“Don’t Worry, We’ll Take Care of It”

Saying, “don’t worry” to a person with OCD is like saying “don’t get wet” to a fish.

I was just trying to do the right thing.

But no good deed goes unpunished.

My late mother’s window air conditioner had been sitting in my bedroom closet since Mike and I had a huge fight over installing it in during an intense heat wave in 2012, I think.

After I gave up fighting about installing it according to the instructions, Mike must have shoved it back into into the closet, or else (more likely) I did. Mike went back to sitting on the deck in his bathing suit, pouring buckets of cold water over his head. I went back to my Mom’s house, which had central air (the window unit must have been for when her AC was being serviced).

I took it out last weekend, thinking I’d try again to install it.

It wasn’t as complicated as it seemed back when Mike and I were screaming at each other. But it was so heavy, and so old, I just didn’t see the point of trying to use it. Why use the extra electricity when we’ve survived without AC for 22 years, through several blazingly hot summers? Plus, the coolants in AC are bad for the environment. AC is one of the reasons we need AC. Vicious circle.

I called the local junkyard and asked if they’d take it. Regular recycling places don’t, because of the refrigerants that are supposed to be drained by someone authorized to do it. But the junkyard said yes. So if they said yes, they must be allowed to deal with the refrigerants, right?

I muscled the thing down the stairs and made it to the back of the Subaru, right before I would have dropped it on my foot. Lucky.

Five minutes to the junkyard. And there at the front gate was a huge sign saying they wouldn’t take anything with refrigerant in it unless it had been drained. Rats.

I drove the car up onto the scale. I told the guy in the trailer through the little sliding window that I had called, but (gesturing to the sign) the air conditioner still had refrigerant in it, as far as I knew.

“Don’t worry about it. We’ll take care of it,” he said.

Ummmm, OK. If you say so.

I drove down off the scale to “the guy in the hardhat” who was supposed to tell me what to do. He waved me to a stop, popped open the back, and said, “this thing here?”

“Yes, it’s an air conditioner, but it still has refrigerant in it as far as I know.”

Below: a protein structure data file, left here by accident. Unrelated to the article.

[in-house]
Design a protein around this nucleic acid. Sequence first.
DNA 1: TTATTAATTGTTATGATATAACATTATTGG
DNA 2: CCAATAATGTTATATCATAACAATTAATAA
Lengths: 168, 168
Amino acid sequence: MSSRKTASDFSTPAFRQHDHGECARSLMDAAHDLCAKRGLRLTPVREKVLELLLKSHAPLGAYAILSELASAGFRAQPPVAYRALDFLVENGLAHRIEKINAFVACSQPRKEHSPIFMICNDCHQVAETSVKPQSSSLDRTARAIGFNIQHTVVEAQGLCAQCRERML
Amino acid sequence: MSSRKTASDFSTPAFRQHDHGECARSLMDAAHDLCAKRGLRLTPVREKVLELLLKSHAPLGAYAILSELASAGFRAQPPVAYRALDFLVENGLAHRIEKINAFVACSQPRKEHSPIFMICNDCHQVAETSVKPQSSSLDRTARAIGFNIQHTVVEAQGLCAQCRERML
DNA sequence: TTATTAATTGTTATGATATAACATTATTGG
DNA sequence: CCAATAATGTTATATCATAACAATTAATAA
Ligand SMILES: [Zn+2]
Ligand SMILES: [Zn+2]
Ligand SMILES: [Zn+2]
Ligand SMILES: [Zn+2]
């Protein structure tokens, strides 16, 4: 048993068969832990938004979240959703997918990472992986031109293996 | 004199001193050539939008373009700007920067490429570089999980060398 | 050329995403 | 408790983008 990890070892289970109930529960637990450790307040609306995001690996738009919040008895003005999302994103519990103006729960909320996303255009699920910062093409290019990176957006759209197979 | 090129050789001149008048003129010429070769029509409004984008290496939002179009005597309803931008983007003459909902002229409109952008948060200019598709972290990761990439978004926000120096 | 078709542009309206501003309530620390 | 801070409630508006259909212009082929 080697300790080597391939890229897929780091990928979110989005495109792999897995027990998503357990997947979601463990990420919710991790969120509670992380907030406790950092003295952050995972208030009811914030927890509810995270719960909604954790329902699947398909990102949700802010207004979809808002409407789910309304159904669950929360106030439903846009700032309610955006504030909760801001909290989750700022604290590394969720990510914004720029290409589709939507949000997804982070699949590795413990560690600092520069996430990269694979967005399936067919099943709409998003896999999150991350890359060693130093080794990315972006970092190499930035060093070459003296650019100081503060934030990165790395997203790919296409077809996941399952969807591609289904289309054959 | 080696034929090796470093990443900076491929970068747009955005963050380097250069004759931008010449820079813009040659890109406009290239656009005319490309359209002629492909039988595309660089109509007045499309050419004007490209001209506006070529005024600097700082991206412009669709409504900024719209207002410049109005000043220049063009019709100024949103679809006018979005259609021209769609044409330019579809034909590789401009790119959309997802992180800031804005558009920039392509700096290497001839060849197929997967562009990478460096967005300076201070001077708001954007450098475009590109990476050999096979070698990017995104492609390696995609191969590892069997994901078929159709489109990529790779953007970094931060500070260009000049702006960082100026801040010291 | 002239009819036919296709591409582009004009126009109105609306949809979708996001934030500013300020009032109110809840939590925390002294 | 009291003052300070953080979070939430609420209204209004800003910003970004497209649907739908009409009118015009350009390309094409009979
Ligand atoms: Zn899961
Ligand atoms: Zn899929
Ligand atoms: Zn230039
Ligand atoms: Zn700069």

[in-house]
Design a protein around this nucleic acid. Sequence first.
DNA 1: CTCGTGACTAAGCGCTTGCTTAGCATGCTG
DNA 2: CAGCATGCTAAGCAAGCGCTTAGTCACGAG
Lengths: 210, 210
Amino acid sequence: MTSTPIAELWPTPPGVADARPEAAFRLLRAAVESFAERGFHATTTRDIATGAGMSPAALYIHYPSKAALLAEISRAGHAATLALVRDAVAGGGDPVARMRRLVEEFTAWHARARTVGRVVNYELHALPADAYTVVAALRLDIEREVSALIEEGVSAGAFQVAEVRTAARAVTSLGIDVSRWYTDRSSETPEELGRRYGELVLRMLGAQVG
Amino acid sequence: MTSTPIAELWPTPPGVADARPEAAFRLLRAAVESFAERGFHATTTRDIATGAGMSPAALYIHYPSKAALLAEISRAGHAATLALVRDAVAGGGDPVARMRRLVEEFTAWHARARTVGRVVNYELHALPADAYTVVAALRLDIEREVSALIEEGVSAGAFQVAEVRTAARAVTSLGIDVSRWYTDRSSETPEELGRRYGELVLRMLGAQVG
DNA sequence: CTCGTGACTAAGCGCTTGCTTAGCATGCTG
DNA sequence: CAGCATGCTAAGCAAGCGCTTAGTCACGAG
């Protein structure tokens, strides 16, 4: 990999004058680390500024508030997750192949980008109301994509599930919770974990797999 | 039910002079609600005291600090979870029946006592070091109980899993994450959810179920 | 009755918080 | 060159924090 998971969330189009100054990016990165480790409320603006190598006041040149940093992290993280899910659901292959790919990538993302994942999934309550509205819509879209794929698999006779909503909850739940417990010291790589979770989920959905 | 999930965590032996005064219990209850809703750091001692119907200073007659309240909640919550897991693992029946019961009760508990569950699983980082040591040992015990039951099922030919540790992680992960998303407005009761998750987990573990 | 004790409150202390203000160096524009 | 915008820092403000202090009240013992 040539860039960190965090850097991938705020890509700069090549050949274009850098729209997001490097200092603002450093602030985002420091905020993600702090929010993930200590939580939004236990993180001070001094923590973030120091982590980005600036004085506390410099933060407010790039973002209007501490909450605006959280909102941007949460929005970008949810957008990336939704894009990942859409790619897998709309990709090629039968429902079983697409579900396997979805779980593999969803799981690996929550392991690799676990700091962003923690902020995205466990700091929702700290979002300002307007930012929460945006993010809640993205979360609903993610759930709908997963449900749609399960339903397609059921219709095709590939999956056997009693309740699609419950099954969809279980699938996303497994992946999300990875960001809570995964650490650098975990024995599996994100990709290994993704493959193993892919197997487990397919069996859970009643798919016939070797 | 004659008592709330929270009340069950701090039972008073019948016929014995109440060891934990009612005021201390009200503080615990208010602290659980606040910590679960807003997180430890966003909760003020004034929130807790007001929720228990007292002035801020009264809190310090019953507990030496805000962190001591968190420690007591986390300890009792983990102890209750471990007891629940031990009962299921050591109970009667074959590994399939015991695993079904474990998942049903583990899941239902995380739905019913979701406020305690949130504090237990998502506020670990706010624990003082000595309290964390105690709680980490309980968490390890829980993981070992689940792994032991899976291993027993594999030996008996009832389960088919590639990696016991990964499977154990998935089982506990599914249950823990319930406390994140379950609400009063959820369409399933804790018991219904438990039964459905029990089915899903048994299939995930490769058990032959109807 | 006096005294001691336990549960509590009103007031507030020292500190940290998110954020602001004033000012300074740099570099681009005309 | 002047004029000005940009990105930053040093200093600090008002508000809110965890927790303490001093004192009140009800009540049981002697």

“We’ll take care of it.”

I waited for a huge semi to clear the scale, and drove back up. I asked trailer guy again about draining the refrigerant.

“Don’t worry. We’ll take care of it.”

“But you’ll do it the right way, I mean, in an environmentally responsible way, right?”

“Don’t worry about it.”

That is not the same as “yes.”

He then told me to go park out front and come back to get the $3 they’d pay me.

Between hacking coughs, trailer guy shoved a form at me through his plexiglass window. He then plugged the cut-out at the base of his window with a roll of paper towels. This, I suppose, was his way of avoiding contagion. Between hacking coughs.

Most people just sign forms shoved at them and skeedaddle. Nobody reads them.

I read forms. But I thought this was just a receipt. I signed it.

Then I read it.

It said I attested that the refrigerant had been drained, or had leaked previously, or that I had a contract with the junkyard within the past two years. I didn’t check any of those boxes. The two year line had a parenthetical that said, “if nothing checked presumed checked.” But which was presumed? The contract with the junkyard? Or that the refrigerant was drained?

I asked the guy about it.

“Don’t worry. We do this all the time. We’ll take care of it.”

Exactly how, though?

Don’t worry?

Worrying is what I do.

Since Mike died, I’ve tried to let more worries go. I’ve realized there are things I can’t change, and stuff I can’t do anything about, especially other people’s behavior.

They said they’d take it, and “take care of it,”

But the sign? Why did they take the air conditioner after I told them it hadn’t been drained?

I’ll never know. I’ll have to live with that, and with the haunting uncertainty about the interpretation of the form I signed, and my lingering anxiety about the potential consequences.

Planning to distract myself with another hot night of binge-watching The Last Kingdom, I remain,

Your overheated, unairconditioned, dammit-just-let-the-chips-fall-where-they-may,

Ridiculouswoman


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